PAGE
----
Uber death leaves questions about self-driving car liability unanswered


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A year after the first fatality caused by a fully self-driving car, questions about liability in the event of a death involving the cars are still completely up in the air.

Officials announced earlier this week that Uber won’t face criminal charges in the death of a pedestrian struck and killed by one of its self-driving cars nearly a year ago in Tempe, Arizona.

The Yavapai County Attorney’s Office said it conducted a thorough review of the evidence and determined there was no basis for criminal liability against Uber. It did not detail how the decision was made and has declined to answer any questions on the case.

The pedestrian was walking a bicycle across a road at night. Uber’s self-driving software system initially classified the pedestrian as an unknown object, then as a vehicle, then as a bicycle, but never braked.

However, the Uber employee who was behind the wheel of the SUV could still face criminal charges. Companies working on self-driving cars, such as Uber, have test drivers who are supposed to intervene if the car fails to act properly.

It’s not clear why the prosecutor’s office made its decision — if it is because Uber bore no responsibility or that there was no law under which the company could be charged. That means a first chance for the industry, legal experts and society to discuss this issue may have been lost. And it’s a discussion that needs to be had, because it’s a hard problem to solve: Experts say regulators will have to juggle holding businesses accountable for wrongdoing and concerns that they will be slowing down a technology expected to save lives.

“If we start throwing Uber executives in jail and having large criminal penalties, it’ll be harder to test and more lives will be lost because of human errors,” said Ed Walters, who teaches courses on robotics law at Georgetown University and Cornell University. “We should limit criminal liability for the most extraordinary circumstances.”

Walters said criminal liability should begin when there’s evidence that a company knew people’s lives would be lost, and ignored that information. An example is if a company released a product while knowing its sensors failed to identify people on bicycles or couldn’t see pedestrians in the rain.

Criminal liability would be different in a case involving a self-driving car that had a test driver behind the wheel, Walters said. The company would have to know that its self-driving technology would fail in a way that threatened lives, and that the test driver would be unable to fix it.

It’s generally difficult to hold companies criminally liable, according to Bryant Walker Smith, a professor at the University of South Carolina School of Law who studies autonomous vehicles. The circumstances would have to be egregious and reckless: for example, a company that paid bonuses to test drivers whose vehicles had the most close calls with pedestrians. A company that falsified information on the quality of its cars, misleading the government, would also have a higher chance of being criminally liable.

Ultimately, Walters said, he could foresee fully autonomous vehicles and human driven vehicles being held to different standards. An autonomous vehicle might make mistakes a human would never make, but it also would never make some mistakes that humans routinely do. Self-driving cars could instead be judged against each other. The rationale behind this, according to Walters, is that self-driving cars could be much safer than human drivers generally, even if in a handful of situations they’re worse.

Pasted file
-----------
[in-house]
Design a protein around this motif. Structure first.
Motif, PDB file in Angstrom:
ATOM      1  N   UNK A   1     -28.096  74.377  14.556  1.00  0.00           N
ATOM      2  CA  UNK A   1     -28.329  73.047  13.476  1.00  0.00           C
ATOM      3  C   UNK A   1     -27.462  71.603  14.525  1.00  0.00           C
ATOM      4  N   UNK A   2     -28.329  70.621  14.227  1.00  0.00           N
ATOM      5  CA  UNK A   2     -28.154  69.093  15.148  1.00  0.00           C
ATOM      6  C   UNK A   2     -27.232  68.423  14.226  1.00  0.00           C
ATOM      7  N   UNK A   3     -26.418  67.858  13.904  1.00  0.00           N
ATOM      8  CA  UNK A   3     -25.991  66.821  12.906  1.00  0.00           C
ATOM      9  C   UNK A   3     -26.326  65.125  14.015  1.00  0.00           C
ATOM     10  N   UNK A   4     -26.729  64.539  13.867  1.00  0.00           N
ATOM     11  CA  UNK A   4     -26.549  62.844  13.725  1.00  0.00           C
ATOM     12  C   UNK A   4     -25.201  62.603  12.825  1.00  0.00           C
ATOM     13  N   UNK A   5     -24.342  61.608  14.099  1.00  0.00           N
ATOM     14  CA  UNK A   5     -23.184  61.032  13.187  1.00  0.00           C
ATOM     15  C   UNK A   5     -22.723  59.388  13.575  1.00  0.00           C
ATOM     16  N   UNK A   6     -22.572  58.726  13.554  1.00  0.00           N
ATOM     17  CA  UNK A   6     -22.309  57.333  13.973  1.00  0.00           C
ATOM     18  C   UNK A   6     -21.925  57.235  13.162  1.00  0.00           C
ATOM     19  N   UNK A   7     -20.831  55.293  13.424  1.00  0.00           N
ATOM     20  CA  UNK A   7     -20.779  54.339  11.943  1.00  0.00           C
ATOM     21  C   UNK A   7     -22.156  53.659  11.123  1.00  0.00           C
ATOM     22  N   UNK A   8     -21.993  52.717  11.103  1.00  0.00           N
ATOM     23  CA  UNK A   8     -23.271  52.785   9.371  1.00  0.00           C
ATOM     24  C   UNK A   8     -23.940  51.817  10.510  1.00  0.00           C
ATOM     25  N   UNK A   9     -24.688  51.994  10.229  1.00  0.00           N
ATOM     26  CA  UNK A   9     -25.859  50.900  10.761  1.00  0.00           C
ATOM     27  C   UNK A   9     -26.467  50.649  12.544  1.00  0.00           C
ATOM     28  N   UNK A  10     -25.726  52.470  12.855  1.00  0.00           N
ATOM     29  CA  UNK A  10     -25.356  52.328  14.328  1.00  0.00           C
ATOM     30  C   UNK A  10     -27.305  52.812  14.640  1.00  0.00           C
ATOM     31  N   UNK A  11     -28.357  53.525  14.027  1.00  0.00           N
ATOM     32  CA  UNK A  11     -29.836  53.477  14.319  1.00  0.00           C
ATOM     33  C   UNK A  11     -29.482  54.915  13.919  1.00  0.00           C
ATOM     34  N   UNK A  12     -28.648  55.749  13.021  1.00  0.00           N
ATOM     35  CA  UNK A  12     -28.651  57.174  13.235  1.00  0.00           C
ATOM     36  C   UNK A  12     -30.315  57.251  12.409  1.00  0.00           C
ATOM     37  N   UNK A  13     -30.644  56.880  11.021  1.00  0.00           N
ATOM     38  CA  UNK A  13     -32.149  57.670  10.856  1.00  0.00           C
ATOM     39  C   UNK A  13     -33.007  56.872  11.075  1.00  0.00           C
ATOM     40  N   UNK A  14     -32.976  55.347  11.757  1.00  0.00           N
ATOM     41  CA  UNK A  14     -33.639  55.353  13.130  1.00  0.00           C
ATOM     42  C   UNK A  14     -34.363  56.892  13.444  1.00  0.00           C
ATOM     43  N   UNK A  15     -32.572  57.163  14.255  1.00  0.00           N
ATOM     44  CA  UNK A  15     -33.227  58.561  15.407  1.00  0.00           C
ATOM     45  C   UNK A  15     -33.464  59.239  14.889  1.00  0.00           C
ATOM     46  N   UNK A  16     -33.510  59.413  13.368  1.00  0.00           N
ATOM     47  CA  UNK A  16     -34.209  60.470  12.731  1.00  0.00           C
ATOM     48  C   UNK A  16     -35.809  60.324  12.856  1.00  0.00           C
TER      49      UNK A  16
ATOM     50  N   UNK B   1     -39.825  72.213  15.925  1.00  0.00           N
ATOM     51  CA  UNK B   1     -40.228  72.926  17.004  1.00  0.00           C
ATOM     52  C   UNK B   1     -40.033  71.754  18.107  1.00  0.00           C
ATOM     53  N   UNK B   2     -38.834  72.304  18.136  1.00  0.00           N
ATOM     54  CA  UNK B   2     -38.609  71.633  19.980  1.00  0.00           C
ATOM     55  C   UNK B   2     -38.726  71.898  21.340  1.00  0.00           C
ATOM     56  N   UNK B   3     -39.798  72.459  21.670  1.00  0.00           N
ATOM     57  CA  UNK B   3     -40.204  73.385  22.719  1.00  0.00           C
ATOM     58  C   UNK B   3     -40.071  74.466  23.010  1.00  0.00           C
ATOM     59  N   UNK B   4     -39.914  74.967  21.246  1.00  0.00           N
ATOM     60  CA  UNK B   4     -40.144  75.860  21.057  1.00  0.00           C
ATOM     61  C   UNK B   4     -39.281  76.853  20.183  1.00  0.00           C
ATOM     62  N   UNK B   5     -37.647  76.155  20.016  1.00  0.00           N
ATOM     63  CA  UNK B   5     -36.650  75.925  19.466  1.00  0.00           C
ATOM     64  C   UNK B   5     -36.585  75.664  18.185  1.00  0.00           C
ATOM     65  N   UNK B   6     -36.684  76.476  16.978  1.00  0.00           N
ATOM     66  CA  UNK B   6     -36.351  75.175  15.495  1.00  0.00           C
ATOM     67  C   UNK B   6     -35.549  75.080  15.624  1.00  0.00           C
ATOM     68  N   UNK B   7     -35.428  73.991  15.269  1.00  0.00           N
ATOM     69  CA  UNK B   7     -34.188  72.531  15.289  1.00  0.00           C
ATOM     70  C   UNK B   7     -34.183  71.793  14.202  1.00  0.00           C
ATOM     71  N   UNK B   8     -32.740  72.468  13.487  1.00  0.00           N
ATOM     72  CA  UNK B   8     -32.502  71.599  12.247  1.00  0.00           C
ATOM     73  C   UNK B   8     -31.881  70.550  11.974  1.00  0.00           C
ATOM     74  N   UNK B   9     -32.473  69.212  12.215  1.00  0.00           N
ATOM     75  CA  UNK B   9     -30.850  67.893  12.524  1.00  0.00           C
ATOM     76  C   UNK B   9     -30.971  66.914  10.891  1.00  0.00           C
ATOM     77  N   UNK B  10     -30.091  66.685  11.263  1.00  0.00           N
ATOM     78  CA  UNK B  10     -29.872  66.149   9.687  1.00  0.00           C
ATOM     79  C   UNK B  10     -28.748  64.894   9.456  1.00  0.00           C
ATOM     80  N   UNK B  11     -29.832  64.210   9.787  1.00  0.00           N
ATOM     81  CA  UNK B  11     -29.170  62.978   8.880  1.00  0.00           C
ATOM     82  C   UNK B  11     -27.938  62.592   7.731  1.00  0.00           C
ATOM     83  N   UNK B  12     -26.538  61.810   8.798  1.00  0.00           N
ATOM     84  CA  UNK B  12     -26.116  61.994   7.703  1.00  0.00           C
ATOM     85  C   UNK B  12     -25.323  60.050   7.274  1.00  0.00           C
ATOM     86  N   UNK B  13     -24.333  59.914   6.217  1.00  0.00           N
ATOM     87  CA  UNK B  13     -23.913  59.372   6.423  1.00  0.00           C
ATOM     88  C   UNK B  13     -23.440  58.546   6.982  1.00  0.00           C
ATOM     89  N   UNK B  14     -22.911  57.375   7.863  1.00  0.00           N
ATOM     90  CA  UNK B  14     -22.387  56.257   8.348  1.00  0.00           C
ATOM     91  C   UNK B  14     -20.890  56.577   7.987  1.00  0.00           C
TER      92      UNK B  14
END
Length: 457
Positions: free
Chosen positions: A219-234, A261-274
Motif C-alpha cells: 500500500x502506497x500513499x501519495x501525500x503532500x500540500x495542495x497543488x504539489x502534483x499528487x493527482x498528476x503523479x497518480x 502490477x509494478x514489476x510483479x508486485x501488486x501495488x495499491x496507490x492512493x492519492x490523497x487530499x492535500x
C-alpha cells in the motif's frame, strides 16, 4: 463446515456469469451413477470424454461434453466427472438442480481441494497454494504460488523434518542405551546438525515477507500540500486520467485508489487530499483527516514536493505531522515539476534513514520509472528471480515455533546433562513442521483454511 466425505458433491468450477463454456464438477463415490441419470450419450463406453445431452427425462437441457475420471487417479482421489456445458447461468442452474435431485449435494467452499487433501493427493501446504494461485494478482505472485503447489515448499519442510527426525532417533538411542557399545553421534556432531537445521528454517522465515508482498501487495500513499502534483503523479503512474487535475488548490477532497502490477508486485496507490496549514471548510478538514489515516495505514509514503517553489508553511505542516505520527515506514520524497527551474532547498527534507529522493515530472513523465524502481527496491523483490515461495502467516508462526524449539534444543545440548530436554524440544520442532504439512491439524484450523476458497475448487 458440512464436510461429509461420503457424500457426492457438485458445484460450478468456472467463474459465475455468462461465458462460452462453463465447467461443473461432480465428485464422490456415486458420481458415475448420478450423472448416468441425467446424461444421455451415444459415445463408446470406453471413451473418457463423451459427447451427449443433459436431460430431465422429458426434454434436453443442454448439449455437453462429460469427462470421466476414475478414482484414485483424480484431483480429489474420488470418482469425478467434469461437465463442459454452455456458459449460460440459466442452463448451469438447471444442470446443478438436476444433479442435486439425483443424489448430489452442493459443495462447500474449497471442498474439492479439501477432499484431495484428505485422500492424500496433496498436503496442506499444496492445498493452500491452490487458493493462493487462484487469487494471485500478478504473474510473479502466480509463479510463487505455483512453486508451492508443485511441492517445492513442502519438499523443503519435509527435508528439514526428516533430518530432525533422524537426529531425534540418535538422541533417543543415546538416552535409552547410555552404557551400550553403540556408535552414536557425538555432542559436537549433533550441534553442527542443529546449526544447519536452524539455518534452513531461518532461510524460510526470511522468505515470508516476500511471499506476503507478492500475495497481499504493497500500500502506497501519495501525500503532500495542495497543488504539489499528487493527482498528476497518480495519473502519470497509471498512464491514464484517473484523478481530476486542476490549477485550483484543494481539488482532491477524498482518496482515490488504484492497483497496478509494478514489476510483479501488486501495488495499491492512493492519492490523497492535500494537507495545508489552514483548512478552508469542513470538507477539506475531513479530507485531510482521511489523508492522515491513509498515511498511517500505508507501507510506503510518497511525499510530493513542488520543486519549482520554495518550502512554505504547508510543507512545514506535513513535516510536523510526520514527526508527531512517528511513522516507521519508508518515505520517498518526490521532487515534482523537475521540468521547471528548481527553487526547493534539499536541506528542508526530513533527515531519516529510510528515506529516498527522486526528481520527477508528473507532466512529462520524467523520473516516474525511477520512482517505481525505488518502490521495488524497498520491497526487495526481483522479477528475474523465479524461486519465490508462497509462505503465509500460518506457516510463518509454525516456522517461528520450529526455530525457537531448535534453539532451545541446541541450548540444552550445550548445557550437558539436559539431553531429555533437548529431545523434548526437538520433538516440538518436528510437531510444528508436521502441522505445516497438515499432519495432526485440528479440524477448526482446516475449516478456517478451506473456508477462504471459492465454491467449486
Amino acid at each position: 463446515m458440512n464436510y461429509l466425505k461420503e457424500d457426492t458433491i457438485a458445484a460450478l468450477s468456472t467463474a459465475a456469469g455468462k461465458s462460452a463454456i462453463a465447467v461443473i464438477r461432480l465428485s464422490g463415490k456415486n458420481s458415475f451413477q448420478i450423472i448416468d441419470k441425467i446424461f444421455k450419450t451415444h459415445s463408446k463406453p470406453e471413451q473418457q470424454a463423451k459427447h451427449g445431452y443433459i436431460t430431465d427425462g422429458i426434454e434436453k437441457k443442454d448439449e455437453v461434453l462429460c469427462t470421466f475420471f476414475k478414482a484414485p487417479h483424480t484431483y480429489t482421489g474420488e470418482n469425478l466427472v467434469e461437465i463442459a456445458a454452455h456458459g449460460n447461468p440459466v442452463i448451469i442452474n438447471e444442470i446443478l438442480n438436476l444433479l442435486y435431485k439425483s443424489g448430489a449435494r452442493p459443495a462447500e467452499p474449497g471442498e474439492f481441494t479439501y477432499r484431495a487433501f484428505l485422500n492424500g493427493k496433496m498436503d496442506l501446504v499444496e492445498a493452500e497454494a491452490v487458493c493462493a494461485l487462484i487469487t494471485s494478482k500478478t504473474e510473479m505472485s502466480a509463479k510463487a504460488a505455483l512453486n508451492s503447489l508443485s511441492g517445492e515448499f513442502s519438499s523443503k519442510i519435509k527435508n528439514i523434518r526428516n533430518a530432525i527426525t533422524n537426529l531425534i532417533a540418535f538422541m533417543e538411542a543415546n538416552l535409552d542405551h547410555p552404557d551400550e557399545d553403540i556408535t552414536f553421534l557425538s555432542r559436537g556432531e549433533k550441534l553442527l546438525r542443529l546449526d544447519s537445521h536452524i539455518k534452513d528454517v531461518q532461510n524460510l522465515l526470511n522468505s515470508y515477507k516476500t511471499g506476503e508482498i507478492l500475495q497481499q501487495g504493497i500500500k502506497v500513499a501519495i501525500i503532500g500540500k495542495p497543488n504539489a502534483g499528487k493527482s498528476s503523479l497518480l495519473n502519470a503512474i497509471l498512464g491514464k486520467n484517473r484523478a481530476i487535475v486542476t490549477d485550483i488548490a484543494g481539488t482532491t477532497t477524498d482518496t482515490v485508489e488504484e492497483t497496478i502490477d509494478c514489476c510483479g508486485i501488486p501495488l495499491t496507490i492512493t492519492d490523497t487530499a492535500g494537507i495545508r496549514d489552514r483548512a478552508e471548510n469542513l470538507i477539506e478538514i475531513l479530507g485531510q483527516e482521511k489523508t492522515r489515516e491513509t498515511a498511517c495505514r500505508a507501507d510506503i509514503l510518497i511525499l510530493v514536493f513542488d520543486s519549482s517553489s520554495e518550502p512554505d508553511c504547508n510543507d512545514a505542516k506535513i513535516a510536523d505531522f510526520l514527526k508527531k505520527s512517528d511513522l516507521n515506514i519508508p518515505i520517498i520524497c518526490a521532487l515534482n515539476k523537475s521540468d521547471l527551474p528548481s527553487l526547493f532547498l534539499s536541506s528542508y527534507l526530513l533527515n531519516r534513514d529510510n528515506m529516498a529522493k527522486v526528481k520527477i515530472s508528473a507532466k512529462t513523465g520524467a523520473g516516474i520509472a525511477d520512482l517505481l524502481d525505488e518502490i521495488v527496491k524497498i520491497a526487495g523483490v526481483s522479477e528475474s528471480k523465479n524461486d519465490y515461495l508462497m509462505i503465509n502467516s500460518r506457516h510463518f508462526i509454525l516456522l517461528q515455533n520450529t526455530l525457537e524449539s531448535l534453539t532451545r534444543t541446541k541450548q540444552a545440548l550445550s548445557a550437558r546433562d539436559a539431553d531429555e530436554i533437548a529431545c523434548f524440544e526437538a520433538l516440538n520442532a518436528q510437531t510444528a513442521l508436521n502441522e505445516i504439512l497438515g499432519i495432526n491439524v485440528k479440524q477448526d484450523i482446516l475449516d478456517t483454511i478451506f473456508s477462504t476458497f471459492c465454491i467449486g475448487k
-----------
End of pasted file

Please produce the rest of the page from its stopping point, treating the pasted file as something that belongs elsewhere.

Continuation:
The Uber incident had unusual circumstances, so it’s not a model case for setting law and policy around fully self-driving cars, according to Walters. Video showed the test driver was distracted and not watching the road.

And test drivers aren’t expected to be present when companies eventually deploy self-driving cars on a large scale.

Arizona is a rarity among US states because it does not have a vehicular manslaughter statute. Prosecutors would have to rely on a general manslaughter charge, which in Arizona typically involves DUIs, speeding, aggressive driving or racing, none of which match the circumstances of the Uber fatality.

“The attorney’s office seems to have concluded either that Uber’s conduct was not bad enough to warrant criminal charges or that there just isn’t a specific crime to fit Uber’s conduct, however bad,” Smith said.

Uber isn’t facing criminal charges but has dealt with adverse effects on its business as a result of the incident. The company temporarily halted its vehicle test program and shut down its self-driving operations in Arizona, laying off 300 workers.

In December, Uber resumed testing vehicles in autonomous mode. But the fatality increased public skepticism of self-driving vehicles, and slowed efforts to pass autonomous vehicle legislation on Capitol Hill.

Uber also faced the risk of a civil lawsuit. Edwards said this is why the company moved quickly to settle with the family of Elaine Herzberg, the pedestrian who was killed, shortly after her death. Uber and Herzberg’s family settled fewer than two weeks after the crash. Details of the agreement weren’t revealed.

Ultimately it may take another tragedy before there is any clarity on criminal liability and self-driving cars.

“The larger issue that not many people seem to be talking about is, should we require self-driving cars to be perfect before they can be sold?” said Todd Benoff, an attorney at the law firm Alston & Bird who is focused on autonomous vehicles. “No one has ever even suggested we do the same thing with human drivers.”

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